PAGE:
Host a video chat session during which your children’s grandparents can log in and show you how to cook or prepare their favorite family recipes. Your children can even help in the kitchen so their grandparents can spend time with them. This also gives your children a taste for holiday cooking.
Give Thanks and Eat Together Via Video Chat
Consider eating Thanksgiving dinner with your children’s grandparents via a video chat session. Place your computer or mobile device in a spot where your relatives can easily see everyone at the table. At the very least, host a brief video chat session at the beginning of the meal, and have everyone take turns saying what they’re feeling thankful for. This can make your children’s grandparents feel included and also grateful that they can visit with everyone without the added risk of contracting COVID-19.
Christmas Celebration Ideas
Buy Highly Personalized Gifts
Staying at home to avoid COVID-19 has led many people to discover new hobbies to pass the time while sheltering in place. Find out what your kids’ grandparents have been doing to keep busy during COVID-19, and help your children pick out highly personalized gifts. For example, if your relatives have started doing more jigsaw puzzles, order a custom jigsaw puzzle featuring a photo of your family or children, and have it sent directly to the grandparents’ home.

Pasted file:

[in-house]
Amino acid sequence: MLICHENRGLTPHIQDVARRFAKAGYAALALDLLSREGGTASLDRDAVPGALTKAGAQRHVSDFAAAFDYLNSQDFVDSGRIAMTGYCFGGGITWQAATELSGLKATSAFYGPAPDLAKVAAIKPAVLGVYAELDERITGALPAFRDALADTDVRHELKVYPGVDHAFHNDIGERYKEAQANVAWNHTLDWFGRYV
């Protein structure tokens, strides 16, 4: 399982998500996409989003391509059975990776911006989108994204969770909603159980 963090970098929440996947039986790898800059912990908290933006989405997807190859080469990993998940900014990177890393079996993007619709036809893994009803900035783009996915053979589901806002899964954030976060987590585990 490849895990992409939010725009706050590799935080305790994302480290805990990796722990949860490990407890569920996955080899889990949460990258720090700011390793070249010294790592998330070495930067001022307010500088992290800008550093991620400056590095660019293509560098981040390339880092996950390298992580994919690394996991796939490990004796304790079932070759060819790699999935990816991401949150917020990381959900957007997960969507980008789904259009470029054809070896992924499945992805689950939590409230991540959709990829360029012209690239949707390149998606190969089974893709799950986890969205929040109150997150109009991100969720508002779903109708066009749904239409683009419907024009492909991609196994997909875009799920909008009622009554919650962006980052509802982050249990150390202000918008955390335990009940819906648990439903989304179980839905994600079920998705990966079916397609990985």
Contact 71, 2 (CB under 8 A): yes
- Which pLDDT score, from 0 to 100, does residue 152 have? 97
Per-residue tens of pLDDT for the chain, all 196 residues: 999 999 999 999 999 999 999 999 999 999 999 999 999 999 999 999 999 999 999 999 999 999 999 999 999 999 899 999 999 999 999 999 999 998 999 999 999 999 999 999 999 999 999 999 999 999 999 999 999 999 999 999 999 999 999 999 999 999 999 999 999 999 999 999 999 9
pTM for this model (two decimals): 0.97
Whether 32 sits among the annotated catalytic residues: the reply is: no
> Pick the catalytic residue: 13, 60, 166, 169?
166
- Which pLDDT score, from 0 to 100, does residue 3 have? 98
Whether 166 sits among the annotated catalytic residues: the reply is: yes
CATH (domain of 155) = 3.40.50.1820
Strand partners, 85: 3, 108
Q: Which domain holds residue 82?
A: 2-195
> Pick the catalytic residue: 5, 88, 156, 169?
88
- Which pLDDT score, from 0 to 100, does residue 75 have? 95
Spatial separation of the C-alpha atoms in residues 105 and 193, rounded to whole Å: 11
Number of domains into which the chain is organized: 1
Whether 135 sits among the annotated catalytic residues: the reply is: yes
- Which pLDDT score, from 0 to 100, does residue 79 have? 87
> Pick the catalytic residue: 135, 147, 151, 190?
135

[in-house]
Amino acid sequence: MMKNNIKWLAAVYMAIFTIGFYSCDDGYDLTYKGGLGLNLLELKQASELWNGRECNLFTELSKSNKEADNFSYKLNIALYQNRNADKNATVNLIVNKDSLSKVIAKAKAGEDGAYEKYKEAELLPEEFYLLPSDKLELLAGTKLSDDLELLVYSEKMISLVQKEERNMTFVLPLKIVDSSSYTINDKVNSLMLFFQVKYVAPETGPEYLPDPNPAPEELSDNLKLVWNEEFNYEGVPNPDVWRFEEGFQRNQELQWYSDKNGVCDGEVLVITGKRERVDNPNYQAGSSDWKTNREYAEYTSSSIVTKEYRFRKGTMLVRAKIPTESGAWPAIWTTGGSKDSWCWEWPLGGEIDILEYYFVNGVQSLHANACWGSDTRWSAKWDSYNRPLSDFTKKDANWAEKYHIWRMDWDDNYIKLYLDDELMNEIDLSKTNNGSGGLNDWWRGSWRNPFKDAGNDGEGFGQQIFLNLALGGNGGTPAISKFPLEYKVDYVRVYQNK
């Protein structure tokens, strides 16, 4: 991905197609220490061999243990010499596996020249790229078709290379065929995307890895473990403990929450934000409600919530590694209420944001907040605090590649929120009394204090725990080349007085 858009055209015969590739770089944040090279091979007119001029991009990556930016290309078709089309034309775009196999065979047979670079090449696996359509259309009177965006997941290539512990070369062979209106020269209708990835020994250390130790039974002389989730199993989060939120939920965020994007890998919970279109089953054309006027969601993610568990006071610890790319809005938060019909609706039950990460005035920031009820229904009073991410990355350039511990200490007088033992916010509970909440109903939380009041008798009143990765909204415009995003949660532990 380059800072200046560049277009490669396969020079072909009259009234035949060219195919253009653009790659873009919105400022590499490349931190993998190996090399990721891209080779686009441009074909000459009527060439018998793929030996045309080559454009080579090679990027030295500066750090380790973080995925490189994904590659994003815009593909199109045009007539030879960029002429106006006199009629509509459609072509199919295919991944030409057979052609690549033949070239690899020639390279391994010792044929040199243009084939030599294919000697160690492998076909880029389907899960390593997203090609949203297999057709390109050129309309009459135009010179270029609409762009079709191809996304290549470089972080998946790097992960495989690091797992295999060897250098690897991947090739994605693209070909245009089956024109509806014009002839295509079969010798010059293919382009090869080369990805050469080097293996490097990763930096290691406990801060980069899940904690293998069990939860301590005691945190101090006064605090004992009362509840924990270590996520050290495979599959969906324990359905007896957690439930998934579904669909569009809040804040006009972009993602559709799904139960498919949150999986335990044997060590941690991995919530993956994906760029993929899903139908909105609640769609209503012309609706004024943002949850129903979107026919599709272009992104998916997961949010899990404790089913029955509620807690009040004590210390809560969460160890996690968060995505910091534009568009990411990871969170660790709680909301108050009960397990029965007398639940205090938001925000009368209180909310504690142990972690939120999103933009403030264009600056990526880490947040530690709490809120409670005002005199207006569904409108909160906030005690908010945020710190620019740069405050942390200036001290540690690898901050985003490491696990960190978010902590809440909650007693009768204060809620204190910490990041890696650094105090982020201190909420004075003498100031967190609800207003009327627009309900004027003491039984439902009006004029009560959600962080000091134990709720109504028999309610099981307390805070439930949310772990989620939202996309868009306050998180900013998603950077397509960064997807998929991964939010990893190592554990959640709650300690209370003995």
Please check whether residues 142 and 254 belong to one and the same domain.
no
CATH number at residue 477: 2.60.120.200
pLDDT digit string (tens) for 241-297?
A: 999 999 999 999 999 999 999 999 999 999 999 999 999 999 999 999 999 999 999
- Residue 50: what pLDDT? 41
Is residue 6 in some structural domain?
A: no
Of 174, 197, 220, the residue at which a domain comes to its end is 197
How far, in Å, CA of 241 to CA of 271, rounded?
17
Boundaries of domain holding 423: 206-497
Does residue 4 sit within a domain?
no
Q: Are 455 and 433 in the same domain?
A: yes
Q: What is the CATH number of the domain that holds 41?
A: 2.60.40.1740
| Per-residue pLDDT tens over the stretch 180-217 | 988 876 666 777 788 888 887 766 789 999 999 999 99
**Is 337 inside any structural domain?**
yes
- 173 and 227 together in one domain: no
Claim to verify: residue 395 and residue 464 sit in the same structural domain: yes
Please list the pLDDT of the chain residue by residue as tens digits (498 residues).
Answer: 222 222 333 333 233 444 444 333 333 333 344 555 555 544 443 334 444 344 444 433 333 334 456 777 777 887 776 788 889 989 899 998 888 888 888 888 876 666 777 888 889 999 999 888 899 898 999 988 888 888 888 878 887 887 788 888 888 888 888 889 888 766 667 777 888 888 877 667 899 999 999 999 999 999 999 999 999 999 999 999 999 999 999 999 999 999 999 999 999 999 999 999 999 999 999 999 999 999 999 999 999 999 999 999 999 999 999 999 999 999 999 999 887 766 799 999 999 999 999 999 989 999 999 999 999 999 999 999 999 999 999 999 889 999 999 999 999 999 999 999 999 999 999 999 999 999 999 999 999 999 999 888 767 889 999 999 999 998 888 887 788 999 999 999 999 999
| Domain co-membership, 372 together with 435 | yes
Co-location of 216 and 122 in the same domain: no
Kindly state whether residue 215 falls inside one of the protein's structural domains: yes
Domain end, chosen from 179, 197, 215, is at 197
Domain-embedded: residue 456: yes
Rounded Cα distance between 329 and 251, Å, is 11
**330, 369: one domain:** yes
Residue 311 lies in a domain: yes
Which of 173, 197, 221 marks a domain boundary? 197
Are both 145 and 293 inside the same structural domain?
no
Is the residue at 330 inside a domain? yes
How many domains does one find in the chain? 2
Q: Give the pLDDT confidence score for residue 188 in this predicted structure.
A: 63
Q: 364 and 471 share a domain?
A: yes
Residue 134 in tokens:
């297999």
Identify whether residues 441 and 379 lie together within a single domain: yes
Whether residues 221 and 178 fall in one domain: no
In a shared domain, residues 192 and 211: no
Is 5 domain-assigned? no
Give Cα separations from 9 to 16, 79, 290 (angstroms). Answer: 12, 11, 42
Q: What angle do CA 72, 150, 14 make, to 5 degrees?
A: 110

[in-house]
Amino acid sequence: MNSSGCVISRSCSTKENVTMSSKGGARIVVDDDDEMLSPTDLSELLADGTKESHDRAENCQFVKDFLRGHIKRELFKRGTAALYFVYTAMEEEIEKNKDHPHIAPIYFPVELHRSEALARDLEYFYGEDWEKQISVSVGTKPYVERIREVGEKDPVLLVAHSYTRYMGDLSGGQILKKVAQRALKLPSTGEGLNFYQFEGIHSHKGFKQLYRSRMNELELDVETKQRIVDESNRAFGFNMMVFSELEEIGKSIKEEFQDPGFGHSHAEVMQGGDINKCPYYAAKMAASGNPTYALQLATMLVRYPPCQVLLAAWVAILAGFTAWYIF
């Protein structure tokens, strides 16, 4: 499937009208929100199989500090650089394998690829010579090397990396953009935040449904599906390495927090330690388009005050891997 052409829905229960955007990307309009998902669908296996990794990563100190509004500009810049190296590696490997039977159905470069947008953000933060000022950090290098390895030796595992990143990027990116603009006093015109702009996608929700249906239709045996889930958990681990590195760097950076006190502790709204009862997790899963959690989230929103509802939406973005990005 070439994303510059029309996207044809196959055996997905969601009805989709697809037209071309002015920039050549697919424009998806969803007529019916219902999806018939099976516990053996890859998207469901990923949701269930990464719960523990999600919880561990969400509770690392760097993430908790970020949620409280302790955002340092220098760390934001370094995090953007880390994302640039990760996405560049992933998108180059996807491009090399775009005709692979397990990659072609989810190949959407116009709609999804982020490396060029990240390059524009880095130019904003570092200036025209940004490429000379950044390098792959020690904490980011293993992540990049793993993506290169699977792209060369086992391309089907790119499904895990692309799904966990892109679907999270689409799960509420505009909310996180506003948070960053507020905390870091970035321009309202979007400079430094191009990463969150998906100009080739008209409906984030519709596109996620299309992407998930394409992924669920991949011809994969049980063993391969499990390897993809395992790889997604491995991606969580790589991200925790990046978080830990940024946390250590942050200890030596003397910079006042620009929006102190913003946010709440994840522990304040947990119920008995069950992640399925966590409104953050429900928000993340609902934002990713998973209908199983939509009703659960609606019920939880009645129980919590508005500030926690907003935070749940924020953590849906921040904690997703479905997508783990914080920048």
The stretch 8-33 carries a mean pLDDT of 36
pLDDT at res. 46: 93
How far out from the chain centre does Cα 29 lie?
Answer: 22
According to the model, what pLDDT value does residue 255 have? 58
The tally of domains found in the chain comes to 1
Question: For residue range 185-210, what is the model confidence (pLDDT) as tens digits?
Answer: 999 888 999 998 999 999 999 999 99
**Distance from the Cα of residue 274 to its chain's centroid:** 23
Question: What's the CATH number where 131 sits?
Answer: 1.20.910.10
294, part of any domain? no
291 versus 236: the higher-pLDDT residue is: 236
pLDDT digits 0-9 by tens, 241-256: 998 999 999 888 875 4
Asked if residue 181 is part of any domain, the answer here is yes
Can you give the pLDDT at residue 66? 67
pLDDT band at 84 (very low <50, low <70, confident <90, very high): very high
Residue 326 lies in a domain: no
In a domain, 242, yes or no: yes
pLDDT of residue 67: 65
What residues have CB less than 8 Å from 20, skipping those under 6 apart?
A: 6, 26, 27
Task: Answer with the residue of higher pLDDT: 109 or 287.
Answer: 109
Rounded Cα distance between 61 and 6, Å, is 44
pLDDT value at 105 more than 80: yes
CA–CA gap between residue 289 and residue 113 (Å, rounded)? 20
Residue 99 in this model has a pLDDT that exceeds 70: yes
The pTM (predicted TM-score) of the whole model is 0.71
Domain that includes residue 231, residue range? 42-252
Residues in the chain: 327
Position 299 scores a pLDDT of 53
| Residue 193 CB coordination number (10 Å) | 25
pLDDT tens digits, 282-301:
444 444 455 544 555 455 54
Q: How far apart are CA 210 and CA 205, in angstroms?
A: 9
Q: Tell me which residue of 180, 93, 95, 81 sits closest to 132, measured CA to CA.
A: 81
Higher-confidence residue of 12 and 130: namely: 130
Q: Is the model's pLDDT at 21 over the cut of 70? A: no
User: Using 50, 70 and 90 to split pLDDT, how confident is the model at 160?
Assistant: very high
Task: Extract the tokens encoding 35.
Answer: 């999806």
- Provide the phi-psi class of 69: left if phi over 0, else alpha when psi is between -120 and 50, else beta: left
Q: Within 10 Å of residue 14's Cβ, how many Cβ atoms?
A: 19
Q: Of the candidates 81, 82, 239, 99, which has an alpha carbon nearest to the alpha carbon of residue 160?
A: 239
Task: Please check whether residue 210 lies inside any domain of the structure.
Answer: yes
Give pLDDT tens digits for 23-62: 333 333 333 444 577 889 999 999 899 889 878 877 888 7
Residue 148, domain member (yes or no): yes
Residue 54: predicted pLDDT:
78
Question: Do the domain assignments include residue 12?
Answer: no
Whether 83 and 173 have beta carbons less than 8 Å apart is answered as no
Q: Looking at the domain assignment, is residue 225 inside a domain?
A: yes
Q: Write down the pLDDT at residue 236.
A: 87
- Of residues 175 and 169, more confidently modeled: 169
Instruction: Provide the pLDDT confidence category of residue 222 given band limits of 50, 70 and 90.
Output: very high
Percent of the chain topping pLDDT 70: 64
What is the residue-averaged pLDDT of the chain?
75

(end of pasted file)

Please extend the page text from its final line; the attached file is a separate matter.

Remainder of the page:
Other hobbies that many people have picked up during COVID-19 include reading, exercising, arts and crafts, baking, and gardening. If possible, find ways to make each gift for the grandparents highly personal, as this can help your relatives feel closer to their grandchildren during COVID-19 holidays.
Open Holiday Gifts Via Video Chat
If your children’s grandparents love to shower them with gifts as do most grandparents, chances are your kids will have a lot to open on Christmas morning. Contact the grandparents via video chat on Christmas morning, then have them watch as your children open their gifts. This way, your relatives can watch how their grandchildren react to their presents and also have the opportunity to watch their grandkids play with their new toys.
Drop Off Meals Using Contactless Delivery
Make your relatives their favorite meals and treats, then drop them off on their front porches without handing them off directly. If you live farther away or in another state, order their favorite meals from a restaurant in their local area and arrange to have them delivered by a third-party delivery service using contactless delivery. This can be a great way to treat your kids’ grandparents to dinner or dessert without putting them at risk.
However, if you decide to spend the holidays with grandparents this year, keep it safe for everyone in the family by practicing social distancing, wearing a face covering, and washing your hands regularly. Adhere to your city or state’s health and safety laws, and take time to learn more about COVID-19 trends and cases in the area you’re traveling to. Whenever possible, limit visits with grandparents to virtual visits only to ensure they stay safe from COVID-19.